In my stand-alone novel, Easy Living, the main character Jane goes from a rose-tinted truth-denying outlook to recognising and facing up to the truth about her relationship – and it hurts her a great deal to come to terms with that. It’s a good thing she has three close – though dead – friends who are determined to stick by her side every step of the way.

Someone recently sent me a personal message on Facebook to outline all the things she disliked about my work. We’re not friends. I hadn’t explicitly invited her to give me any career pointers or to advise me on my work. I say ‘explicitly’ because in a sense, by publishing my books, I have invited a certain level of criticism. And I do believe that we should have free speech and that people should be able to say what they think. I don’t believe in censorship that tells people what they are allowed or not allowed to say or think.

However, part of me wonders what this woman intended to achieve with her message. I admit I don’t really understand why she did it. Did she think I’d immediately promise to rewrite all my books her way? Or that I’d stop writing? Or that I’d learn some kind of valuable lesson from her and turn my life around? Or did she want her money back? An apology? If I have ever disliked a book, I’ve just not read any more by that author. No writer can be all things to all people, and a writing style I like may not appeal to someone else. I’ve never contacted someone directly to tell them I hate their work.

To that person, I’m sorry you didn’t enjoy the book. It’s perfectly fine that you have an opinion. I don’t plan to contact you to explain myself.

Does Dottie grow? I believe she does. When we meet her in book 1 of the Dottie Manderson mysteries, Night and Day, she is very young (19) and is mainly interested in having fun and going dancing. She’s a teenager, after all, and from a well-to-do, privileged background. She works from choice, not necessity, and can please herself entirely with what she does all day.

After two years of stumbling over corpses, she becomes more confident, more caring towards others. She becomes a business-woman and has to learn, almost from scratch, how to run her business. Added to that, as she grows up and goes out into the world around her, she is trying to understand life and human experience, is losing her childlike idealisation of people. Not only was the world of Britain in the 1930s light-years away from life in our era, it was also a time of massive sweeping changes. I like to think Dottie stays true to herself: she passionately believes in working hard, doing the right thing, helping people and giving support to those who need it. She is terminally nosy and always wants to understand what’s going on in people’s lives. In that respect, I believe she is relatable and ‘realistic’, hopefully sympathetic.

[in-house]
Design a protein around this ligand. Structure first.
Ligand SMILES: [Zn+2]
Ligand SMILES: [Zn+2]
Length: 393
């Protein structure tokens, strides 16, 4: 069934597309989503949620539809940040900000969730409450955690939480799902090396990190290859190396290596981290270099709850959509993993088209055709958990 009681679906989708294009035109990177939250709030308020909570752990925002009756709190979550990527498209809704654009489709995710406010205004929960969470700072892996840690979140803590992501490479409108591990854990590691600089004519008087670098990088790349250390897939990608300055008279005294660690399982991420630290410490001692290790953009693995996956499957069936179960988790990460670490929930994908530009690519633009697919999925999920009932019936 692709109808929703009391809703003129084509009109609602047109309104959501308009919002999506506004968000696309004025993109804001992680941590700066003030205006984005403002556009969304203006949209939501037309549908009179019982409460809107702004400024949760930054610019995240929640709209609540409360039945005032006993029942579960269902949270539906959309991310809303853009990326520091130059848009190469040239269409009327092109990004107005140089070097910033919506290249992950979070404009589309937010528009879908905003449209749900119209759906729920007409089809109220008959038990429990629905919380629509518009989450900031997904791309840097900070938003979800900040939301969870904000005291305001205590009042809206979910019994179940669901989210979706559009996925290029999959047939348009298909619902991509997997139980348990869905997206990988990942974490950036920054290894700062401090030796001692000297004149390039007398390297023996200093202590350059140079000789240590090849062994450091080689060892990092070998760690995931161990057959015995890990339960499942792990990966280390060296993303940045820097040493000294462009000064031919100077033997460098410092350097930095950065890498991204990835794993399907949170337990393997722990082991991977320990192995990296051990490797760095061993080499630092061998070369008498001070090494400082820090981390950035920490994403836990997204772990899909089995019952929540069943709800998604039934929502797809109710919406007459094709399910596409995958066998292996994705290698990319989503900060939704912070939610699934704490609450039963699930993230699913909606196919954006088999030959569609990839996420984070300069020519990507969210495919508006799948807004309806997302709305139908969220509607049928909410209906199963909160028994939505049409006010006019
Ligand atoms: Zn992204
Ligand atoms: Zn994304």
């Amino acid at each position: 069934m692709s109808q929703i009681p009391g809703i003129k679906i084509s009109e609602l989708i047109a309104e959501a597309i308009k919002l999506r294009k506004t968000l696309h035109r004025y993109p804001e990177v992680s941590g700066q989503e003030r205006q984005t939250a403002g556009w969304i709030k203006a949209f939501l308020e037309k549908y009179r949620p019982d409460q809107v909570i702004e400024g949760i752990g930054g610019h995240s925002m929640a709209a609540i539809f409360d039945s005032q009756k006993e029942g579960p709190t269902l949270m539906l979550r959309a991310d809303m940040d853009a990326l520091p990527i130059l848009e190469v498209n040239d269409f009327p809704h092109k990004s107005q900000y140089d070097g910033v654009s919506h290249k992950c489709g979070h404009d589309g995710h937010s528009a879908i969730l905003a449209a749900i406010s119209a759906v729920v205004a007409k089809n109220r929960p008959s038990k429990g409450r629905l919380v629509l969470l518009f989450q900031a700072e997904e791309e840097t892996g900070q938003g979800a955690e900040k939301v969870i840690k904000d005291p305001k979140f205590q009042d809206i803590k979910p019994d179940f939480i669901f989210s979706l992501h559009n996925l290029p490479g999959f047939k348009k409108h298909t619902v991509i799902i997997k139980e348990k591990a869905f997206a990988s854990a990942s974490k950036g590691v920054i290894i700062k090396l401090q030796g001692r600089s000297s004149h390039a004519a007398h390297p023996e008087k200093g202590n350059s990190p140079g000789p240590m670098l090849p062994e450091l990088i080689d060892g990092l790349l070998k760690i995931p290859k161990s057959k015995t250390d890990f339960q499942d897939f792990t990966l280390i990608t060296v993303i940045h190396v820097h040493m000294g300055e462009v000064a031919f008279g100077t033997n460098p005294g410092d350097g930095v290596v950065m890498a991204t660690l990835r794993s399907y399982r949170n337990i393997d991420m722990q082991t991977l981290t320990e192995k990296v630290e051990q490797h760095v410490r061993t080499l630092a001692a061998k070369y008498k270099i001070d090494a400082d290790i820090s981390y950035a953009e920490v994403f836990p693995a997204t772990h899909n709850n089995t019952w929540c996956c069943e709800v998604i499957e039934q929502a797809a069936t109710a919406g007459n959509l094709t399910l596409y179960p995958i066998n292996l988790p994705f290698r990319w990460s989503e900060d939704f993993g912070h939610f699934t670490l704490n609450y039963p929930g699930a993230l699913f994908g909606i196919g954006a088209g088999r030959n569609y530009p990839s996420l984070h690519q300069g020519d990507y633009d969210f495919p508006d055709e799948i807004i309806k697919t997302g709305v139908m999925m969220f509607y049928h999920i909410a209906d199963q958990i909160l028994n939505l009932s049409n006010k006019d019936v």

Obviously, I’ve only been writing for a few years. I published Criss Cross in 2013, and had only completed six full-length novels before that. So I consider myself still very much a learning writer. One day I hope to be an excellent writer. Until then I plan to grow and learn, and I hope my characters will do the same.

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The unreliable narrator – she’s out to fool you!

Like all stories, mysteries are told by narrators. Even mysteries told in the third person have a narrator, though the story is usually told by an omniscient narrator with a kind of ‘bird’s eye view’ of the story and its characters. But if you are reading a mystery written in the first person, the ‘I’ of the story is your narrator, and in this very intimate world of the first-person narrator, you as a reader need to be on your guard because the main mission in the life of the first-person narrator is to pull the wool over your eyes!

This is very often how the author introduces red herrings. As the reader, you get drawn into the world of the first-person narrator, he or she seems nice, they explain things to you and tell you what the other characters are like or about their secrets. They are your feet, eyes and ears as you step into the story and begin to explore the fictional world of the book.

Or maybe they are really horrid, but either way, they unfold to you the plot of the story as they see it and it all seems very plausible. You are drawn inside and it is only at the end, you realise that they missed out crucial information or disguised themselves or presented events in a rather biased manner, with the deliberate intention of thwarting your attempt to solve the mystery all by yourself.